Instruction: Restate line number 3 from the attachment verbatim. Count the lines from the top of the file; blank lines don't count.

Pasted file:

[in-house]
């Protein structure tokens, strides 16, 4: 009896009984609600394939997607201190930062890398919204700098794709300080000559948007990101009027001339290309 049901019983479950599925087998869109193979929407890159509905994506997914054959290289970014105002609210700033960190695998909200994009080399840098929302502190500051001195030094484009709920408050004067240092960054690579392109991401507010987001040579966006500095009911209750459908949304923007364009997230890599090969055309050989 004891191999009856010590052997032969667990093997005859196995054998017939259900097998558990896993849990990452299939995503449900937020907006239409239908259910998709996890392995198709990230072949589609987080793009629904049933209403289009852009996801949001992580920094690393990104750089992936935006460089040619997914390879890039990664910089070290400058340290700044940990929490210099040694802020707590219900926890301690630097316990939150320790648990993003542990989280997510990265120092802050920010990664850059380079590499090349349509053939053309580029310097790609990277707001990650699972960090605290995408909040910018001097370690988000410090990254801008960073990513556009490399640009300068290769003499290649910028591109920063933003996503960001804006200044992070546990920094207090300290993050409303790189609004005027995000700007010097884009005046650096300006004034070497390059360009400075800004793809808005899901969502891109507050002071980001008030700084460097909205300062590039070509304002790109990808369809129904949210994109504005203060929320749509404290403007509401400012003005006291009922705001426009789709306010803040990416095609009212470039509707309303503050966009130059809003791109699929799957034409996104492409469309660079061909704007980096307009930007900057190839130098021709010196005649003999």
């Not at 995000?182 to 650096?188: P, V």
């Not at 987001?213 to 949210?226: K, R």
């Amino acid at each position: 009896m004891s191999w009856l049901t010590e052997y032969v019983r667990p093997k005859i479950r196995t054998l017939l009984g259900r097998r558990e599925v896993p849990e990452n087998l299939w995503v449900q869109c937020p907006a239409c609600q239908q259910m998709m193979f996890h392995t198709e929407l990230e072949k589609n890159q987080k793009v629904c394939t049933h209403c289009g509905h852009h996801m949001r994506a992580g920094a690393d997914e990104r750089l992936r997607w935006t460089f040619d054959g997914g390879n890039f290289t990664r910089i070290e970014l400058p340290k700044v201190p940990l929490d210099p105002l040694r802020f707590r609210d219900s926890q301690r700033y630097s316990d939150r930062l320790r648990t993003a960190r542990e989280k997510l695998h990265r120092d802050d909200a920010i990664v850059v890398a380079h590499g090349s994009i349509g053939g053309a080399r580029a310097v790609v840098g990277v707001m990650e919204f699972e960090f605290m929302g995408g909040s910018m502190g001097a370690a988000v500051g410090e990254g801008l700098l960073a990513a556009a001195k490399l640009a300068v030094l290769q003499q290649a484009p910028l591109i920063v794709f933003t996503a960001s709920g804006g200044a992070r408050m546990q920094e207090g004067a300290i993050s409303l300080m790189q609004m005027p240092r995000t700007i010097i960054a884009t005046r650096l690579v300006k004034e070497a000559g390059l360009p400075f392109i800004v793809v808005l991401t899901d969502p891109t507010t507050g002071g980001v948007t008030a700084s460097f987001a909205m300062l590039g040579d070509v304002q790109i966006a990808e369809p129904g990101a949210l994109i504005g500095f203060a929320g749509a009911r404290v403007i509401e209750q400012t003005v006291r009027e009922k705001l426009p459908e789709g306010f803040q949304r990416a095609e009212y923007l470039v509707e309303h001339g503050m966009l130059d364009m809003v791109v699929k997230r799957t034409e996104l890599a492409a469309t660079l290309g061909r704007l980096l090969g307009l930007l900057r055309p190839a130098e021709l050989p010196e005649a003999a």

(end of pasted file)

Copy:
């Not at 995000?182 to 650096?188: P, V």